Using an unbiased high-throughput siRNA screen, we identified
novel factors involved in the regulation of the NOD1 signaling
cascade. The validity and quality of our screening approach is
highlighted by the fact that the screen identified many factors
involved in canonical NF-kB and/or NOD1 signaling. Most
prominently, the primary screen validated the proteins RIPK2
(reviewed in ), IKKa , IKKb (reviewed in ), TAB2
[28,29], RNF31 , p50 and RELA  as essential positive
regulators of NOD1 signaling. Beside RIP2, XIAP ranked the
highest throughout the whole screening procedure among the
NOD1 specific hits. In line with a recent publication, we observed
blunted responses of XIAP depleted cells to stimulation with
NOD1 and NOD2 elicitors . A recent study now provides the
framework for the function of XIAP in this process, by showing
that it acts as a ubiquitin ligase for RIP2, catalyzing linear
ubiquitylation events, at least in NOD2 signaling . By using S.
flexneri as an infection model we could recently demonstrate the
physiologic relevance of these findings in vitro and in vivo,
underscoring the impact of XIAP on anti-bacterial immunity .
With high confidence the screen identified a central regulator of
actin cytoskeletal dynamics, the phosphatase SSH1, as novel
analysis using a specific antibody (lower panel). Detection of GAPDH served as loading control. (E) Same experimental setting as (D), using HeLa cells
stimulated with 10 mg/ml TriDAP. Mean + S.D. is shown. * p,0.05, ** p.0.005 compared to Ctrl (see also Figure S8).
component of the NOD1 signaling cascade. Notably, SSH1 was
recently also identified as a potential hit in two independent
siRNA screening efforts searching for NOD1 and NOD2 signaling
components, although it was not validated in neither of these
studies [20,33]. SSH1s best described function is the
dephosphorylation and subsequent activation of the actin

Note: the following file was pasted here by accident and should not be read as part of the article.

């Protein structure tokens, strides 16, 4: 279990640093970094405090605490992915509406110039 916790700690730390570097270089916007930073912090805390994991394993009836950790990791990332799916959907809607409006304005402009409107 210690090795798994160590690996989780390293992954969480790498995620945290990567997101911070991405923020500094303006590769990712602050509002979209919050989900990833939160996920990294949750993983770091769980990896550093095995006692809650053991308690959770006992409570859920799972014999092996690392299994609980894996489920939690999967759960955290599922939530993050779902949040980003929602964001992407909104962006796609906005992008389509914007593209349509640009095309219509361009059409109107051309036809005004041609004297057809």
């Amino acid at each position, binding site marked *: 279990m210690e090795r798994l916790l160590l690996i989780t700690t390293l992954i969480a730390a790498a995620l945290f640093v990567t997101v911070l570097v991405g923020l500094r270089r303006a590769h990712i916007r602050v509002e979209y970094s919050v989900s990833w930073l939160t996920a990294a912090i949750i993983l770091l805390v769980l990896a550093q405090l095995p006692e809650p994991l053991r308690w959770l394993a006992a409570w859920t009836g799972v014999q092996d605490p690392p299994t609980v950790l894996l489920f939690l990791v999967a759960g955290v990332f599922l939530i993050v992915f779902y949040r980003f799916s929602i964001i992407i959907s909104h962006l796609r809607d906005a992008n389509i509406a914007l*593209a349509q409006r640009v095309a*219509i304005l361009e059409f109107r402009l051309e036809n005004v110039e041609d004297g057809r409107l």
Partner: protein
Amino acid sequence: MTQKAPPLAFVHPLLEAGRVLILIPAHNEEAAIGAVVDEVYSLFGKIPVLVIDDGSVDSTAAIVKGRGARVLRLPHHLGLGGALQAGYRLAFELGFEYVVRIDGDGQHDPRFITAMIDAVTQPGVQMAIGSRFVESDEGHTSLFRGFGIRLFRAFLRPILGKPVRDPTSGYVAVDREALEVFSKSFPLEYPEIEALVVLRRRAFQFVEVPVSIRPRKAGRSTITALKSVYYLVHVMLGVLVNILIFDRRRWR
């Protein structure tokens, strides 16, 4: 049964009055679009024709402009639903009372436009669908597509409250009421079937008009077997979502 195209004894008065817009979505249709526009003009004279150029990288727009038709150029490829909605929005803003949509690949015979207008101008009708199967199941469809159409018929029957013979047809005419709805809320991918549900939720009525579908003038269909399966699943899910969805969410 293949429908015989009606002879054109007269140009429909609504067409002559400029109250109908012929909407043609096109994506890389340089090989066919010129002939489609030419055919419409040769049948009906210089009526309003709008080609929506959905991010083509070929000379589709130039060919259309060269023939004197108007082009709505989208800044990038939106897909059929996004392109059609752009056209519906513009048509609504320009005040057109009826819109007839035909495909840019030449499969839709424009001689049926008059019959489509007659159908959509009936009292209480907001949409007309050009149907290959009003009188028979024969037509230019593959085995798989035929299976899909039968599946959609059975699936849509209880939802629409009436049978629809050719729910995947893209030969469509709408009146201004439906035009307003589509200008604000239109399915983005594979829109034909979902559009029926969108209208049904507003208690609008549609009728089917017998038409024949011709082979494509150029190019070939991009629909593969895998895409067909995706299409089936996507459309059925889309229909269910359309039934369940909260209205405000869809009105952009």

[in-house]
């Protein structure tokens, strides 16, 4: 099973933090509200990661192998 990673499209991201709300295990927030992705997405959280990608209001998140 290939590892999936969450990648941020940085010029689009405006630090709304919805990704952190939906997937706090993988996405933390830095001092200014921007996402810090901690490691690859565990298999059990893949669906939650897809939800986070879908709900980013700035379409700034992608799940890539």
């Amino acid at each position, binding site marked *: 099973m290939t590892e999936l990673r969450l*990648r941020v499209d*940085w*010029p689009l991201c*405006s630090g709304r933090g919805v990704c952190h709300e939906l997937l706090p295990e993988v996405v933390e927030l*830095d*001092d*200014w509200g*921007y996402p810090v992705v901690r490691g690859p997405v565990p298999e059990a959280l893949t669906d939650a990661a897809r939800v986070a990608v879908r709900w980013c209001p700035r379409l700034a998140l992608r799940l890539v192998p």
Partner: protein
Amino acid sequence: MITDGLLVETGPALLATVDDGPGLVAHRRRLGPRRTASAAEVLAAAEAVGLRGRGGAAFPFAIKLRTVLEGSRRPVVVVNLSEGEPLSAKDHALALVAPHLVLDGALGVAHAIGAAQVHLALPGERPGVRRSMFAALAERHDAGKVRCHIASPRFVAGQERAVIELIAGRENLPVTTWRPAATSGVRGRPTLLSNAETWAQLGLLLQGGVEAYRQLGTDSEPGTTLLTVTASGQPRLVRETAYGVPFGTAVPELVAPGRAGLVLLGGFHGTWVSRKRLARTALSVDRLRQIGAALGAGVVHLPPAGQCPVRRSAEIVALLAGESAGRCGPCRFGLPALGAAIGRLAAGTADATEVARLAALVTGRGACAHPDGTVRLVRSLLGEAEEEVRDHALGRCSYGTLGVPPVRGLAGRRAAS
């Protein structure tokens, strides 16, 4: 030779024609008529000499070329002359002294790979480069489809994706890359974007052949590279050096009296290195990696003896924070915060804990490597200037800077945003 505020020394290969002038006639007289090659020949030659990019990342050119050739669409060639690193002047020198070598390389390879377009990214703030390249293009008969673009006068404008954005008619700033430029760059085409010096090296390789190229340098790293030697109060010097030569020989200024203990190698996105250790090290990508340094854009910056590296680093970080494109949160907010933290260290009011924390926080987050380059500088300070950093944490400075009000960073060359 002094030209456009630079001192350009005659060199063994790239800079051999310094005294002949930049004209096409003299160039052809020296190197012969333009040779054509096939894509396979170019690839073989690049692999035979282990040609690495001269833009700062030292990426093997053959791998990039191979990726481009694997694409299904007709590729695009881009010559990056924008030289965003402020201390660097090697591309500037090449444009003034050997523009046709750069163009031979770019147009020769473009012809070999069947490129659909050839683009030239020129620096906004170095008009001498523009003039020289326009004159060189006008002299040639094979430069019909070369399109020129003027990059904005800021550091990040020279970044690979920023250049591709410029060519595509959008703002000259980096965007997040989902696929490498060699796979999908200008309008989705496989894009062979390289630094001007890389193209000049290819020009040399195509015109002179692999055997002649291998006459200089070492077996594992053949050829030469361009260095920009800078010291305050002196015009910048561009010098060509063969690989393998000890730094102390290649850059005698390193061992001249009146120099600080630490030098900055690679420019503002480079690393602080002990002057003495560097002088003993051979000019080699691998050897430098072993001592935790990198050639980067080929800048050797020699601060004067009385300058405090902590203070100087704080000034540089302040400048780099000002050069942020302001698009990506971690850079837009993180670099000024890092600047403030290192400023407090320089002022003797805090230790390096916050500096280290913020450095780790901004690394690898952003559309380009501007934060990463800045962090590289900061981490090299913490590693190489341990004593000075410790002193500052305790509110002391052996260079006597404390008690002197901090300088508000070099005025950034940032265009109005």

depolymerization factor cofilin. Its activity is known to be counter-acted by
LIMK1 and LIMK2, which phosphorylate and thus inactivate
cofilin on serine 3 (reviewed in ). Using a highly stringent and
unbiased multilayer screening approach offers high confidence in
the obtained data. However, candidates can be overlooked due to
loss because of mismatch of quality criteria. This likely explains
why cofilin, ROCK1, ROCK2 and others, although being
represented in the screened library, were not identified as
We confirmed the function of SSH1 in NOD1 signaling by
independent siRNA knock-down experiments in different human
cell lines and primary human dermal fibroblasts. This validated
that silencing of SSH1 significantly impaired NOD1-mediated
responses in human cells triggered by TriDAP and infection with
the invasive bacterial pathogen S. flexneri. Consistent with the
screen data, SSH1 knock-down affected TNF and LPS-induced
NF-kB activation to a far lesser extent than NOD1- and
NOD2mediated responses, showing that SSH1 contributes to NOD1 and
NOD2 signaling in a rather specific manner. SSH1 thus
contributed to NOD1 signaling at early times. Taken together,
our results suggest that SSH1 affects NOD1 signaling through its
phosphatase activity. This is best evidenced by the observation that
NOD1-induced activation of IL-8 transcription was accompanied
by a reduction of cofilin phosphorylation and the lack of effect of a
phosphatase-dead mutant of SSH1 on NOD1 signaling. Our data
do not allow drawing conclusions on how SSH1 activity is
triggered in this process. However, the observed complex
formation of SSH1 and NOD1, that exhibited changed
stochiometry upon triggering of NOD1 by its elicitor TriDAP, makes it
tempting to speculate that binding of NOD1 to a SSH1-containing
complex initiates local SSH1 activation. Noteworthy, we observed
that treatment with several PAMPs resulted in enhanced SSH1
proteins levels in THP1 cells. A plausible interpretation of this
finding might be that higher SSH1 levels might render host cells
more prone for enhanced and more rapid NOD1-mediated
immune signaling. Further research will help to address this and to
establish the biological significance of this finding.
Invasive bacteria, such as Shigella and Salmonella, depend on a
tightly controlled spatial and local reorganization of F-actin at the
plasma membrane to gain entry into the host cell. NOD1 is
wellrecognized as an important sensor of bacterial invasion and we
showed earlier that it co-localizes with F-actin at the cell
membrane and that depolymerization of F-actin by cytochalasin
D augments NOD1 signaling in epithelial cells . In the cell,
actin dynamics are controlled by a balance between the activities
of the small GTPases RhoA and Rac1 and it has been reported
that changing their activity affects NOD1 and NOD2 signaling
[12,13,34]. The pathogenic bacterium Klebsiella pneumonia seems
to inhibit Rac1 activity to trigger NOD1 signaling, resulting in a
dampened innate immunity response . Additionally, the Rho